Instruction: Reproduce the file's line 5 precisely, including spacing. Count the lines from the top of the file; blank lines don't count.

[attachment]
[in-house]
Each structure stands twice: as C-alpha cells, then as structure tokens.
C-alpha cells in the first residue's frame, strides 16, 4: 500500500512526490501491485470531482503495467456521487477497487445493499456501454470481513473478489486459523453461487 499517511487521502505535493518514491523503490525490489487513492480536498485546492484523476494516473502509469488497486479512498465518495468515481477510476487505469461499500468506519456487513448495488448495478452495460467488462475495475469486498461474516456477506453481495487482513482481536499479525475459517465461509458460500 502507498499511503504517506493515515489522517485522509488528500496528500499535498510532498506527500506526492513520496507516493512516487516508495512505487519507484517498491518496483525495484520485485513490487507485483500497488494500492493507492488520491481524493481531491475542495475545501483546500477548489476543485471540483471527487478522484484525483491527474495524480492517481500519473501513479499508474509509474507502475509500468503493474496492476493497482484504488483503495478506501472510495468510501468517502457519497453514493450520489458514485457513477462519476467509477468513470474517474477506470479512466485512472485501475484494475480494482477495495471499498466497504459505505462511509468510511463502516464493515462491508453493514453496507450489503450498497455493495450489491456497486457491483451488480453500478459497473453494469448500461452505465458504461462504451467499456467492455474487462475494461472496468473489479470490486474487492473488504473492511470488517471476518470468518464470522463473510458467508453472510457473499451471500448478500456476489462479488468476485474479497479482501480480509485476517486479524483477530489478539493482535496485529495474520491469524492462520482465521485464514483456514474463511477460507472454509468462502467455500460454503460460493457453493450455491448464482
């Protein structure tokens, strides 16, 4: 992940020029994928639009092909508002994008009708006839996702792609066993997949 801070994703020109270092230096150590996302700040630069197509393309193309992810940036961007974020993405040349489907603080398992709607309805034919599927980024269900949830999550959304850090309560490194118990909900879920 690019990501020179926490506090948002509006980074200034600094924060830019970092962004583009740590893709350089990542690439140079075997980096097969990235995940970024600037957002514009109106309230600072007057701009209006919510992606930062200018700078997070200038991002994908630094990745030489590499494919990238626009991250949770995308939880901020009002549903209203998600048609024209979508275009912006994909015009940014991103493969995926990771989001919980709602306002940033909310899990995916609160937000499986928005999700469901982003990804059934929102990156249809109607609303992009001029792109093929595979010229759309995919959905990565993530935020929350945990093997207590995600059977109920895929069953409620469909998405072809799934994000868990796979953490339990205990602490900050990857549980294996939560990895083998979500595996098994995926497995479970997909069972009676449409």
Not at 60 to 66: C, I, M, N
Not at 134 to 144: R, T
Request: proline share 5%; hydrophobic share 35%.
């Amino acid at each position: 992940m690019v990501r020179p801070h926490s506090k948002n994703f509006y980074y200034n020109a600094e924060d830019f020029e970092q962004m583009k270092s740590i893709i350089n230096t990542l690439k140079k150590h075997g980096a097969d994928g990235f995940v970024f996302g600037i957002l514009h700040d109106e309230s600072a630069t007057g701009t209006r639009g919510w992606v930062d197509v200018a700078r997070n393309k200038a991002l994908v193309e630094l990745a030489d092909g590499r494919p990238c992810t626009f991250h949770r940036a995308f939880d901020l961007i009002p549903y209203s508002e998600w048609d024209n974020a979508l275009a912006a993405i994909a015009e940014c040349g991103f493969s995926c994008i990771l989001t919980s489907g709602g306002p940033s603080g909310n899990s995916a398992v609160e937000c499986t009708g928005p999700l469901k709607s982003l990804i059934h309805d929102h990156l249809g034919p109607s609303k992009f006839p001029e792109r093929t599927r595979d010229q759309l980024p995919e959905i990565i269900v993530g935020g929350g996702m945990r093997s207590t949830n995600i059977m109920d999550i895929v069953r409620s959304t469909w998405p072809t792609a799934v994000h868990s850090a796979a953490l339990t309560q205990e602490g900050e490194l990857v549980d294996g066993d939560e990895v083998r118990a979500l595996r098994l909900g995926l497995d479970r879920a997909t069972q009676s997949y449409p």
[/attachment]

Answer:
Not at 60 to 66: C, I, M, N